ARTMargins Online Blog
Written by Graciela Speranza
As it has been acknowledged by American art historians and critics, the past twenty years have witnessed "the rapid growth of art historical interest in the post-war period in Latin America" and "an important attempt to question inherited canons, periodizations and critical frameworks of Latin American art". But I would like to go further and even question the continental frame of the narratives of Latin American art in the broader context of contemporary art and literature. The challenge is not new but it is worth revisiting with a view to a genuine globalization of narratives written in Latin America. “We need to think of our heritage as the universe,” Borges argued in the 50's. “We can handle all the European issues,” he also wrote. “Handle them without superstition, with an irreverence that could, and already has had beneficial consequences (273).” This is what many contemporary artists and writers are doing, in fact, reconfiguring the world in their own image and expanding the scope of their horizon, without losing their singularity. Our critical narratives should then include them without superstition, without making any more distinctions than those imposed by their own works in the greater narrative of the art of the present. It is not that we have not tried to rewrite the history of Latin American art before, inverting the map, postulating alternative modernities, composing atlases with flexible frontiers and plenty more discursive acrobatics, which have fatally left us in more or less the same place, albeit with a fashionable presence on the globalized checklist of biennials, literary festivals, museums and collections: meager fruits of multiculturalism, the cultural logic of globalized capitalism. We could then start by composing larger, all-encompassing panoramas -"alter-global narratives," we could call them- that would free us from the now anachronistic divisions that limit us to local or continental histories of literature or art, coopted to supply a global narrative then composed by others, or tailored to preserve or win space for the regional specialist in the global center.
Mass Protest against Putin continue… in Venice. The Work of Factory of Found Clothes at the Venice Biennale
Written by Matthias Meindl
Written by Corina L. Apostol
"Veten," (Homeland) Zamir Suleymanov's open-ended film shown in a loop is the starting point of the current exhibition, "Heroism Rises in a Warehouse," at Salonul de Proiecte in Bucharest. The film explores the habitual movements and interactions between a group of young boys in a former Soviet era cinema in Baku, which now functions as a games centre, cafe, perfume shop and pet shop all at once. Blurring reality with cinematic fantasy, the film constructs a dynamic portrait of its main characters, while navigating the interior environment where they seem to spend most of their time - indeed the film give the impression that the young men never leave the cinema. Suggested by the title of the film, which is also the name of the former cinema - "Homeland" - playing on the idea of home, as both a private environment, as well as a public, official defined territory, the film presents life on the periphery of consumer culture, of friendship and of reality itself. The last frames of the film show a boy falling asleep on a bench, intensifying the dream-like quality of the work, suggesting that the viewer has been immersed not only in the architectural space where the young men spend their daily lives, but also the constructed space of their fantasies.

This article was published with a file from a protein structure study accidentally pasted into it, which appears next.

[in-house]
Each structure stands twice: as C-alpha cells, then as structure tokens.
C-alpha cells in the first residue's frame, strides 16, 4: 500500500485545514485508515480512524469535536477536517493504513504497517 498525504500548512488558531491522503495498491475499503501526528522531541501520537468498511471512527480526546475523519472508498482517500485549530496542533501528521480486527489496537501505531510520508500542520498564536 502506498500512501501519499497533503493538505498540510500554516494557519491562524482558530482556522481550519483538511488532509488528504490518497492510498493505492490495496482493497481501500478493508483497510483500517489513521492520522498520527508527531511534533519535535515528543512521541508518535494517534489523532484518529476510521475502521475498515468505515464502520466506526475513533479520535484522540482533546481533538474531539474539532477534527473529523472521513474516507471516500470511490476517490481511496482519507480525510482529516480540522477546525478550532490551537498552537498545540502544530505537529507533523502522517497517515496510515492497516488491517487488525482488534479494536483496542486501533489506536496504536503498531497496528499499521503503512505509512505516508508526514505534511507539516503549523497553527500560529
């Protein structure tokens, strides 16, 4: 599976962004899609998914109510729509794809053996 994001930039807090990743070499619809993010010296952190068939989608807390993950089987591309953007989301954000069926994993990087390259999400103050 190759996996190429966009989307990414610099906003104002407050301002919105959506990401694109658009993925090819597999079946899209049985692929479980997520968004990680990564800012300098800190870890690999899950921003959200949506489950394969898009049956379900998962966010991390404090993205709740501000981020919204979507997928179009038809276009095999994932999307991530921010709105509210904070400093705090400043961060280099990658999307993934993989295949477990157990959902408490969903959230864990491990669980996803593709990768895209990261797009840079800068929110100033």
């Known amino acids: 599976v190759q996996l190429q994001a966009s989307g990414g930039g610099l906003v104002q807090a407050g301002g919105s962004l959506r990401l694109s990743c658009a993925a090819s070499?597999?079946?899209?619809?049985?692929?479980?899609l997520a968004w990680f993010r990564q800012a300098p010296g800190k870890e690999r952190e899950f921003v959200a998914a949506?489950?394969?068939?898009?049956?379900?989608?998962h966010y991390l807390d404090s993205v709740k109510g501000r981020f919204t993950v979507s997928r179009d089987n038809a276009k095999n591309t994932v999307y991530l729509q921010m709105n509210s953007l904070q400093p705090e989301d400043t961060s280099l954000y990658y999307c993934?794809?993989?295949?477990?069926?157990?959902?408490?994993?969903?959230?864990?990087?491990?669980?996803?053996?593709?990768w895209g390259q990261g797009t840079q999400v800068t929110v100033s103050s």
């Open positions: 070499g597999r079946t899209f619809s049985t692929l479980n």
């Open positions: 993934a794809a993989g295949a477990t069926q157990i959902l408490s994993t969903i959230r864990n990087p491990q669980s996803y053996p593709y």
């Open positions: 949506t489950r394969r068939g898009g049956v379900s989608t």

Artists Amateurs, Alternative Spaces: Experimental Cinema in Eastern Europe, 1960-1990, April 5 to June 14 at the National Gallery of Art (Washington D.C.)
Written by Zdenko Mandušić
Q&A with Co-Organizers Joanna Raczynska and Ksenya Gurshtein
(L to R)
Screening over seventy films in the spring of 2014, the series Artists, Amateurs, Alternative Spaces: Experimental Cinema in Eastern Europe, 1960–1990 set out to fill gaps in knowledge about noninstitutional film practices in Eastern Europe. Too frequently national cinemas from this region garner most of the attention, however this film series let general audiences know that the aesthetic and social elements of East European experimental films demand attention. Joanna Raczynska, an assistant curator working in the department of film programs at The National Gallery of Art, and Ksenya Gurshtein, A. W. Mellon Postdoctoral Curatorial Fellow and currently a lecturer at University of Virginia, organized the series, and continued their illuminating work by later launching a website (http://www.nga.gov/content/ngaweb/features/experimental-cinema-in-eastern-europe.html) that documents the program and much more. In addition to describing the project and its organizing principles, the site provides succinct discussions of all the films that were screened, delving into the films’ aesthetic, social, and personal contexts. The series’ digital domain magnifies the program’s original reach, producing for connoisseurs and scholars alike a new way to access, discover, and research experimental film practices in this area of the world.